While Medicare reimbursement rates are fixed for 2013, radiology leaders say the latest round of Congressional cuts targeting imaging are “Draconian” and could hinder patient access to quality imaging care and stymie research.
In passing the 2012 American Taxpayer Relief Act (ATRA), the so-called “fiscal cliff” legislation, on Jan. 1, Congress bypassed a U.S. Centers for Medicare and Medicaid Services (CMS) proposal to cut overall physician payment rates by 26.5 percent as dictated by the sustainable growth rate (SGR) formula determining Medicare reimbursement rates. Congress has passed such a temporary “doc-stop” fix each year since 2003.
While radiology specialty leaders were pleased cuts were averted and current rates frozen through 2013, they are frustrated that Congress has yet to permanently fix the SGR formula, once again leaving physicians in a state of flux. To help pay for the stop-gap measure, estimated to cost $25 billion over 10 years, Congress approved $800 million in Medicare cuts to advanced medical imaging services and $300 million in cuts to radiation oncology. Both cuts begin on January 1, 2014.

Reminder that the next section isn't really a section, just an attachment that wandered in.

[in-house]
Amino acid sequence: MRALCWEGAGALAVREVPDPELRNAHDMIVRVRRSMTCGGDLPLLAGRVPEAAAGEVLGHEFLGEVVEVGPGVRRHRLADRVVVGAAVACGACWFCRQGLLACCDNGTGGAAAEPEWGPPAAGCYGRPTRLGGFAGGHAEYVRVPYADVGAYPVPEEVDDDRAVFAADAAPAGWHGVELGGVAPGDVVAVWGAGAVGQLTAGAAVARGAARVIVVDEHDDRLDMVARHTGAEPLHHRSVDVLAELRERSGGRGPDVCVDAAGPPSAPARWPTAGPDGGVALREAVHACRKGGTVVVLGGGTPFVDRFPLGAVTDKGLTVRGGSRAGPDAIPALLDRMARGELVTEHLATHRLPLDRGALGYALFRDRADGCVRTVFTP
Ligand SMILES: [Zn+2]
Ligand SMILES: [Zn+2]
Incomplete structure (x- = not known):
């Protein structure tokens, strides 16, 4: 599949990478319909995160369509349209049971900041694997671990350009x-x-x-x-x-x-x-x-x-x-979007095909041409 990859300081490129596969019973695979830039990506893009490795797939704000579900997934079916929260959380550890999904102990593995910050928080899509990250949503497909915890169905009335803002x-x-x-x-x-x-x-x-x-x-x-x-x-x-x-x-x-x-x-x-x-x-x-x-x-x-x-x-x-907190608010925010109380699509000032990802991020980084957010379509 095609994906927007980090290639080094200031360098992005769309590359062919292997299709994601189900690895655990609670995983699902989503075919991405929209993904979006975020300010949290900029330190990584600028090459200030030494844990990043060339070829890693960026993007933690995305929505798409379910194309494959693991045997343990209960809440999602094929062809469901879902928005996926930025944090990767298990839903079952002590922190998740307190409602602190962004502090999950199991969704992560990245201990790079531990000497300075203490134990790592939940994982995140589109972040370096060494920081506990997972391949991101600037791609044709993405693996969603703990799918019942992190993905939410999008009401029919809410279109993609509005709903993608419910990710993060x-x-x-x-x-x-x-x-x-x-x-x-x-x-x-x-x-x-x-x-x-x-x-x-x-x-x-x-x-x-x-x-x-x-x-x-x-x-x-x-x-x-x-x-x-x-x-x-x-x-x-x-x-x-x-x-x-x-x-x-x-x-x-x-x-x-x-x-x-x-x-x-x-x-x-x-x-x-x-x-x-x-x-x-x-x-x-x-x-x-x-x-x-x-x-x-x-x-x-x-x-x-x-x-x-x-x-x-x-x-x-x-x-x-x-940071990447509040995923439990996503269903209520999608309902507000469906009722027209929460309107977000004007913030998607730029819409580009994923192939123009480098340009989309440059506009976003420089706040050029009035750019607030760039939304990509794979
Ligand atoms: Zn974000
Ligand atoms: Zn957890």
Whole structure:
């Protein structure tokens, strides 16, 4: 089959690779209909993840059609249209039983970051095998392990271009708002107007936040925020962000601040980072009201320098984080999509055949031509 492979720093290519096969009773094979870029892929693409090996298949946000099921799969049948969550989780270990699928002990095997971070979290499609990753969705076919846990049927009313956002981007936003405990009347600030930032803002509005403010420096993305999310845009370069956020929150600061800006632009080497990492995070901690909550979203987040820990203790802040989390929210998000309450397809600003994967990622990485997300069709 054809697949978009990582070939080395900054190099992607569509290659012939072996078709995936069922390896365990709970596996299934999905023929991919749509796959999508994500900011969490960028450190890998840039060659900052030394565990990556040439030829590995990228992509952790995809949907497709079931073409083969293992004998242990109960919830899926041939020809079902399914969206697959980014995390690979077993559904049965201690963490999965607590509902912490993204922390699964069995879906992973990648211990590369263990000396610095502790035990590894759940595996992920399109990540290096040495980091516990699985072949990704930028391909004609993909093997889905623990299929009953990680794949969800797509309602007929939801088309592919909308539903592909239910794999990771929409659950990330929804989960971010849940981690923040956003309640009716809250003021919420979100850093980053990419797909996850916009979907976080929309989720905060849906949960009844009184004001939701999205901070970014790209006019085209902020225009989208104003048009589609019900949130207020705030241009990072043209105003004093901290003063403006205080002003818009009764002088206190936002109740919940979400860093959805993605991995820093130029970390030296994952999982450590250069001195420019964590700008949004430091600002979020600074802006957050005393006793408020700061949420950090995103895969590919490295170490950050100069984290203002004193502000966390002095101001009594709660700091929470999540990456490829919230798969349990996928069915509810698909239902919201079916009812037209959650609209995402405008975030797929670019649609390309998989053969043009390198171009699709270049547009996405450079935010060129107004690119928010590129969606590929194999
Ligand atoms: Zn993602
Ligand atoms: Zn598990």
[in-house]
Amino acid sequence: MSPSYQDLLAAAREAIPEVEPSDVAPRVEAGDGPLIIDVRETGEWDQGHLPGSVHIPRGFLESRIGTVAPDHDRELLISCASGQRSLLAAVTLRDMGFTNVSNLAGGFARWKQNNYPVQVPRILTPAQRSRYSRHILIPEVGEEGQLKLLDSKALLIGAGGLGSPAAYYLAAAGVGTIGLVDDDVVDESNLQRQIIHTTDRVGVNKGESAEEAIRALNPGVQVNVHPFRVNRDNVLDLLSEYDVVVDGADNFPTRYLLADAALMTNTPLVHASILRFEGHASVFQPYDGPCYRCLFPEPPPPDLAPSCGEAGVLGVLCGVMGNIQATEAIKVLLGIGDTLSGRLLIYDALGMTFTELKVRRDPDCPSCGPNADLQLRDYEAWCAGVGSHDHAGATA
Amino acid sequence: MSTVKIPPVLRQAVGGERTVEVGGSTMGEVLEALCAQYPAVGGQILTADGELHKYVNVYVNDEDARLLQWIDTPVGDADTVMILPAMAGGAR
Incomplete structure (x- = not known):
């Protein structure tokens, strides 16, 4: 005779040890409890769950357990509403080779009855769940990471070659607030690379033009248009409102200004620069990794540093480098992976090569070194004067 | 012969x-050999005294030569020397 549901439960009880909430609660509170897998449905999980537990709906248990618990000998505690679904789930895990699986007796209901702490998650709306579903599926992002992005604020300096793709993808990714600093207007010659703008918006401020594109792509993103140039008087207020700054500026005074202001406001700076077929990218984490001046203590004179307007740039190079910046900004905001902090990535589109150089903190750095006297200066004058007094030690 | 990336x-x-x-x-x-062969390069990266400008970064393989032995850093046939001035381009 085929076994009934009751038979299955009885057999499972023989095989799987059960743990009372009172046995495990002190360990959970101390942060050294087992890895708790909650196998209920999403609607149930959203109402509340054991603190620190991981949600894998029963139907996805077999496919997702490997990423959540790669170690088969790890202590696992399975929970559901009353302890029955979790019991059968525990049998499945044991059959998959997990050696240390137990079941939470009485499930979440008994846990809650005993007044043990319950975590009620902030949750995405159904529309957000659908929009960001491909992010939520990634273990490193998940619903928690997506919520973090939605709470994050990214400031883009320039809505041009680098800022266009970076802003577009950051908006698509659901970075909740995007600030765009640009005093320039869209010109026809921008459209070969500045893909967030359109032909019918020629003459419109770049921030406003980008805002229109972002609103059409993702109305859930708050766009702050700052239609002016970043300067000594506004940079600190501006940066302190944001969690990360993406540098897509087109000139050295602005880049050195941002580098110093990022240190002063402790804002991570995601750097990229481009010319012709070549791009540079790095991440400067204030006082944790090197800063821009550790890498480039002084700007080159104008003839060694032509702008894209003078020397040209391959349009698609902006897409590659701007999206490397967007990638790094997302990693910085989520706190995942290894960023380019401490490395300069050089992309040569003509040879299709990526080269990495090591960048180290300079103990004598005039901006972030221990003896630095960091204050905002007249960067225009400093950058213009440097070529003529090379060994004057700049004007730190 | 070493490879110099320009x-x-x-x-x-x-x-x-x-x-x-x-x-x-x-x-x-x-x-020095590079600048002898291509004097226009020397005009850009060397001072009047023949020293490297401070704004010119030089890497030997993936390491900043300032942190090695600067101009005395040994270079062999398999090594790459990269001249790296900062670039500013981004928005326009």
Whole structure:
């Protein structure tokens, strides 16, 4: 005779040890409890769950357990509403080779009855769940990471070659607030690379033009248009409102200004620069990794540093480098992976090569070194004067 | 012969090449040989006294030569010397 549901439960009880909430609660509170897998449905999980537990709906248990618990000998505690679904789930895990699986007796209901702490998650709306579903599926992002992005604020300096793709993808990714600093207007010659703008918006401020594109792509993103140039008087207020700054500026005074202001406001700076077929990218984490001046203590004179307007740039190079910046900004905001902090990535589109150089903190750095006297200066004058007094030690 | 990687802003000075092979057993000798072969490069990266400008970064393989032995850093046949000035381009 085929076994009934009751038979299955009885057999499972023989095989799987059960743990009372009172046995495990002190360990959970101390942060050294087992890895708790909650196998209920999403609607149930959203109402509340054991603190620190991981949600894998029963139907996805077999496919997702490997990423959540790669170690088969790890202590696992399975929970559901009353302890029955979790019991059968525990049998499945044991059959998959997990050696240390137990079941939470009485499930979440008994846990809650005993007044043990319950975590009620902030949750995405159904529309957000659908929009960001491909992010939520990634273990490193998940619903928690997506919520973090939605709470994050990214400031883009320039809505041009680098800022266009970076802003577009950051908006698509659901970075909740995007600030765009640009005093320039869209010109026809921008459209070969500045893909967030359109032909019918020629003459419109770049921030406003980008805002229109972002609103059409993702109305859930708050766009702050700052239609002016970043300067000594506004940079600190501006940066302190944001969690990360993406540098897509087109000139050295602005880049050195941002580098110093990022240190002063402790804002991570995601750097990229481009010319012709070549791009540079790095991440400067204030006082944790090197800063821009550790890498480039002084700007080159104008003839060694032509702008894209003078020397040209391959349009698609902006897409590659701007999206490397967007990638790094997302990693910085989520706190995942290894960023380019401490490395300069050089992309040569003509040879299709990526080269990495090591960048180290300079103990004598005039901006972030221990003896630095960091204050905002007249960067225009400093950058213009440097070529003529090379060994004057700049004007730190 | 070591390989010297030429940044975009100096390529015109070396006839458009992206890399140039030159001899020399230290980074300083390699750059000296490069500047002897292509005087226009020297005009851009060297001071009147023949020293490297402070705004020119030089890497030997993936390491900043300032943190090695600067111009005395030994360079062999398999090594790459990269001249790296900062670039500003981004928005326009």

“Extending the deferral of cuts to physician reimbursement was very welcome but does not remove the Sword of Damocles hanging over the heads of practicing physicians in the U.S.,” said James Thrall, M.D., a nationally recognized expert in radiology and economics. “The piecemeal approach is demoralizing and paralyzes the ability to make plans.”
Patients—particularly those in rural areas—could pay the price for the string of imaging cuts that will likely drive imaging services back to hospitals from non-hospital outpatient centers, Dr. Thrall said. Future research, Dr. Thrall and other radiology leaders warn, could be another casualty of the new laws. “It is crucial that these Draconian cuts, in addition to the Medical Device Tax, not be allowed to permanently scuttle the research and development in our specialty that is critical to all major healthcare delivery,” said William T. Thorwarth Jr., M.D., a nationally recognized expert on radiology economics and reimbursement and RSNA Board Liaison for Publications and Communications.
The Medical Device Tax, which went into effect Jan. 1, imposes on all medical devices a 2.3 percent tax—a cost that could trickle down to radiologists. The Medical Imaging and Technology Alliance (MITA) condemned the tax, saying it could hinder the development of medical imaging technologies, and ultimately obstruct research.